Turkey is inching closer to buying Russian-made S400 missiles, despite a recent flurry of entreaties from the US for it to remain reliant on its Nato ally for air defence, according to two officials familiar with the matter.
Turkey and Russia have agreed a price of as much as $3bn for four missile battery systems and a number of missiles, a senior Turkish official told the FT.
Bloomberg earlier reported the price as $2.5bn, which included a requirement that two of the batteries be manufactured or assembled in Turkey as part of a “technology transfer” agreement.
A Turkish official, who requested to remain anonymous, said the deal was a preliminary agreement. If it goes through, it will be the first measurable sign of the strain Turkey’s 65-year Nato membership is under.
The US is sharing the Incirlik air base in Turkey to fight Isis, but Turkey’s relationship with its Nato allies has been strained by the continued US support for a Kurdish militia in Syria.
German military staff at Incirlik are scheduled to leave after a political disagreement between Ankara and Berlin resulted in Turkey denying German MPs permission to visit their soldiers at the base.
At the same time, Recep Tayyip Erdogan, Turkish president, has attempted to restore relations with Vladimir Putin, his Russian counterpart, which soured after a Turkish jet shot down a Russian fighter aircraft near the Syrian border in November 2015.
Mr Erdogan needs a good working relationship with Mr Putin to achieve his goals in Syria, which include the defeat of the US-backed Kurdish militia.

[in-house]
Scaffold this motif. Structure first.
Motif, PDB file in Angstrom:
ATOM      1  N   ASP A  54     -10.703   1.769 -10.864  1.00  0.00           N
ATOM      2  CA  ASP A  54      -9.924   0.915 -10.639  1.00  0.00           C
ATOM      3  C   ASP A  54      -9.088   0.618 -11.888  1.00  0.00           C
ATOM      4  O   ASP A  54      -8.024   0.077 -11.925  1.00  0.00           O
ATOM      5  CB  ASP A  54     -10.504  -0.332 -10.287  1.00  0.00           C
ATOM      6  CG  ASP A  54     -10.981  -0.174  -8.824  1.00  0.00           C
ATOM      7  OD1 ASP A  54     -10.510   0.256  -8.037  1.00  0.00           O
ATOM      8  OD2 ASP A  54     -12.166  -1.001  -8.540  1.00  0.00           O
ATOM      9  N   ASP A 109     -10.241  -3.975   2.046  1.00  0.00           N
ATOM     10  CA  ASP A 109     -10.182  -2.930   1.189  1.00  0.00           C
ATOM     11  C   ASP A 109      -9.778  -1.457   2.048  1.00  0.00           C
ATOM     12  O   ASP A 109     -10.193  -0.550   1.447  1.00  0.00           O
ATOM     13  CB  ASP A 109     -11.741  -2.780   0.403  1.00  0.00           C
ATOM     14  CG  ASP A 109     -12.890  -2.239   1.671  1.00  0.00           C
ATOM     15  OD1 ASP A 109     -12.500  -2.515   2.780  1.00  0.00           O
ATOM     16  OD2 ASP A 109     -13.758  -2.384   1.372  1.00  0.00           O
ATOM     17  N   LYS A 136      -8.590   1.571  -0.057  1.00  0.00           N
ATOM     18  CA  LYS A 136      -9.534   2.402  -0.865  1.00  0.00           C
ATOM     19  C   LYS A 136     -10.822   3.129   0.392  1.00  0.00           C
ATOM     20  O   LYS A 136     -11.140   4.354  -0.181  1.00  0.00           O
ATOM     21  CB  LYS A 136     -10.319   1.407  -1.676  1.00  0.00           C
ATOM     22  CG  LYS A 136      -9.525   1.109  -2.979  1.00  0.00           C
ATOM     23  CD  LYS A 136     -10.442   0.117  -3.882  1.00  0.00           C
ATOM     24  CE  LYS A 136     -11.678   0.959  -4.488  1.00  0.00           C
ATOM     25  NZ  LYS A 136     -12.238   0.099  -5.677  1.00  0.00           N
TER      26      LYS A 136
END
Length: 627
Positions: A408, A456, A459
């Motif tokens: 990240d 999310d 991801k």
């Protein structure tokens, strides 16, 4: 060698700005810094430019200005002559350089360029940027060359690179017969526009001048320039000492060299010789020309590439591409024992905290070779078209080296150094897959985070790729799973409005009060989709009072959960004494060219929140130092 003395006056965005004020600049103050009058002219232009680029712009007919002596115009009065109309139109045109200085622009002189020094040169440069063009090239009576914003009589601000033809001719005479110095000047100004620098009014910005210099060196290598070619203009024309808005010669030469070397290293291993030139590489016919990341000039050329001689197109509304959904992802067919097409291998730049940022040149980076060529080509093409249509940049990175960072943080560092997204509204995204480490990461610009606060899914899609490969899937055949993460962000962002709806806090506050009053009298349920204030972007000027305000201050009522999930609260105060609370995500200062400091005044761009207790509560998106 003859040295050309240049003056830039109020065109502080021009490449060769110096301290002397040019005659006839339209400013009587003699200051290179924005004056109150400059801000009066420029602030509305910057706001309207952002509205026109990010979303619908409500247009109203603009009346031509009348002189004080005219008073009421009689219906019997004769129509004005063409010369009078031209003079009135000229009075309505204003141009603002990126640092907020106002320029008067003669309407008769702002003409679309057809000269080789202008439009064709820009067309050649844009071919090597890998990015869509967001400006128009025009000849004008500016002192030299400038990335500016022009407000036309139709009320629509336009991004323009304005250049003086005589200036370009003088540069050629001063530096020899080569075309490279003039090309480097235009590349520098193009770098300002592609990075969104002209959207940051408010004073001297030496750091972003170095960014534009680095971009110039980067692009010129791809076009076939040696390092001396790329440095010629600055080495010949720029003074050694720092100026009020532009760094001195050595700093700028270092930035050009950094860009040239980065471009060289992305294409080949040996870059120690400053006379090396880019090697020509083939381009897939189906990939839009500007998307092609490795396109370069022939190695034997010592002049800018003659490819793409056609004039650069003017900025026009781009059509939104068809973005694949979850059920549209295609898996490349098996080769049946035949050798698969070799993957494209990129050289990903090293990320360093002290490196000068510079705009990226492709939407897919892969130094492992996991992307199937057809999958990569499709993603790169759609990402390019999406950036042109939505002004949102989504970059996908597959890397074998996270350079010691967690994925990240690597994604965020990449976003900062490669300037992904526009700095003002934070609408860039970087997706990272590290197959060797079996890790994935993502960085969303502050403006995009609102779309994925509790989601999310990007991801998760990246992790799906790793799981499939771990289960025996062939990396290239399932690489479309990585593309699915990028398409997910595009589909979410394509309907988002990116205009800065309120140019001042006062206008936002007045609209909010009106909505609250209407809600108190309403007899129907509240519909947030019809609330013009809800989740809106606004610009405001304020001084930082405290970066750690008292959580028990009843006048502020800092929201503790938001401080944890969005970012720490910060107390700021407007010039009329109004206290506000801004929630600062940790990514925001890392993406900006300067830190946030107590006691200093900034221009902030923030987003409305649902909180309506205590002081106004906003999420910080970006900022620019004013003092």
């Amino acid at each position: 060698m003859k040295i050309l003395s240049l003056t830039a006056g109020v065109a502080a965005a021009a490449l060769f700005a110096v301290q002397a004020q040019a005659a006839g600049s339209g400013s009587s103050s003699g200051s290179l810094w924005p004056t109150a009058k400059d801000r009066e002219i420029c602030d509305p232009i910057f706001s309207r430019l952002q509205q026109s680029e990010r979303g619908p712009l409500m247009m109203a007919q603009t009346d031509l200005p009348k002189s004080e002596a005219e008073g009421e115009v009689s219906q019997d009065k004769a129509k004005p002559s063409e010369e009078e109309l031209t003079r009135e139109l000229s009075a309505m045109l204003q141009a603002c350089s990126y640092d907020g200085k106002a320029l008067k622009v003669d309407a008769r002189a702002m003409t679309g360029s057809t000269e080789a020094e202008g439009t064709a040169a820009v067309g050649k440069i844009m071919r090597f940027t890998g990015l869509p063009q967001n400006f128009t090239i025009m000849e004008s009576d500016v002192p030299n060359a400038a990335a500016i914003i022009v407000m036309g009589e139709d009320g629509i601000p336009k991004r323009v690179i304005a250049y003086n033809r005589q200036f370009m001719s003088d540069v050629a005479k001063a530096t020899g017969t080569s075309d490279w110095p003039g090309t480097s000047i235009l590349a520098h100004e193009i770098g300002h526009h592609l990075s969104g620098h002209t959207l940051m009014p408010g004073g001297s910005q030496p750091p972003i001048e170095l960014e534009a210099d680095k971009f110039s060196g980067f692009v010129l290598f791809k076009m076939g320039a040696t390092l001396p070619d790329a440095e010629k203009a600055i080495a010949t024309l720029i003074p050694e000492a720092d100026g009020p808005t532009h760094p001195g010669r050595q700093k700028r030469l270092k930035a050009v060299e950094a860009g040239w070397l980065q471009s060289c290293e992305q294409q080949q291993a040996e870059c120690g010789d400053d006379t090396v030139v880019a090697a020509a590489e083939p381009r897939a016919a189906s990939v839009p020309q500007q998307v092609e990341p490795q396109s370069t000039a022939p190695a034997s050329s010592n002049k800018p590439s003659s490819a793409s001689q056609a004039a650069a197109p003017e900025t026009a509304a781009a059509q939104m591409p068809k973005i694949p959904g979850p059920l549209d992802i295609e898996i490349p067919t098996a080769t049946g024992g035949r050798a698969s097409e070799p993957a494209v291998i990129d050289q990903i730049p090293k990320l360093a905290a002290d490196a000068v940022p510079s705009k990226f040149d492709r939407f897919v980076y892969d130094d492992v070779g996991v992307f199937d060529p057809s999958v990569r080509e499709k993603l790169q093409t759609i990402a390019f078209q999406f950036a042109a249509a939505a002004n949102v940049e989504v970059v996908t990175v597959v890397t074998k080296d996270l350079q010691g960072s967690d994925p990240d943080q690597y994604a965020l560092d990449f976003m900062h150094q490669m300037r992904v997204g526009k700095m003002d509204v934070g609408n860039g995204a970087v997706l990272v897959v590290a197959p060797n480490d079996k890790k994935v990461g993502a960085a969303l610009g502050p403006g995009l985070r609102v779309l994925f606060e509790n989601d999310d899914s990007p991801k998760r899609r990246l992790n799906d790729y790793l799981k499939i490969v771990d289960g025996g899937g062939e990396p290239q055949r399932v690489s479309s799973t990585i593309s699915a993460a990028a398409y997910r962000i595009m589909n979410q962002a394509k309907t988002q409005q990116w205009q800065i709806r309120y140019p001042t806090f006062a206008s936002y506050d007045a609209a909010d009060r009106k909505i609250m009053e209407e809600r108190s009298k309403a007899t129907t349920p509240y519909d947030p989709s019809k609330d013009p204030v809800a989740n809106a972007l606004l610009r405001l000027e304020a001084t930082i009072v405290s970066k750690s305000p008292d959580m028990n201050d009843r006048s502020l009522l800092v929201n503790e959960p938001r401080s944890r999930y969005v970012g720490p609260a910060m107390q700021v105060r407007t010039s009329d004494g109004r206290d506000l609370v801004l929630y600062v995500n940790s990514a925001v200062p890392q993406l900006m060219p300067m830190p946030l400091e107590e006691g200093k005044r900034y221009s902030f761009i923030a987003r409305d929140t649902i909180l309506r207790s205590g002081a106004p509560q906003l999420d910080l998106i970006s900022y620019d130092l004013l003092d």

“Arms purchases are not only about arms purchase,” said Nihat Ali Ozcan, a former major in the Turkish military and now an analyst at the Tepav think-tank. “This is a political and economic issue as well.”
The S400 system would be a complicated piece of equipment to integrate into Turkey’s air defence system, Mr Ozcan said. It must co-ordinate with Turkey’s existing radar and satellite tracking systems before it can shoot down an incoming aircraft, which is not currently possible, he said.
This raises the possibility that the deal, which has been discussed for several years without actually being concluded, is part of Mr Erdogan’s complicated effort to tread a line between Russia and the US to achieve his own goals.
The current Nato-led air defence system deployed in Turkey cannot be pointed along the Aegean coast or towards Armenia. In addition, after artillery fire from Isis and Kurdish militia from inside Syria killed a number of Turkish citizens last year, Mr Erdogan complained that Nato moved too slowly to deploy a US Himars system along the Syrian border.
US officials, including air force chief of staff General David L. Goldfein, met Turkish counterparts this week to lobby against the potential purchase of the S400 and to ensure a Turkish commitment to buy 100 F35A fighter jets from US manufacturers remained on track.
“We are committed to, and invested in, a long-term relationship with friend and ally, the Republic of Turkey,” Mr Goldfein said on Wednesday.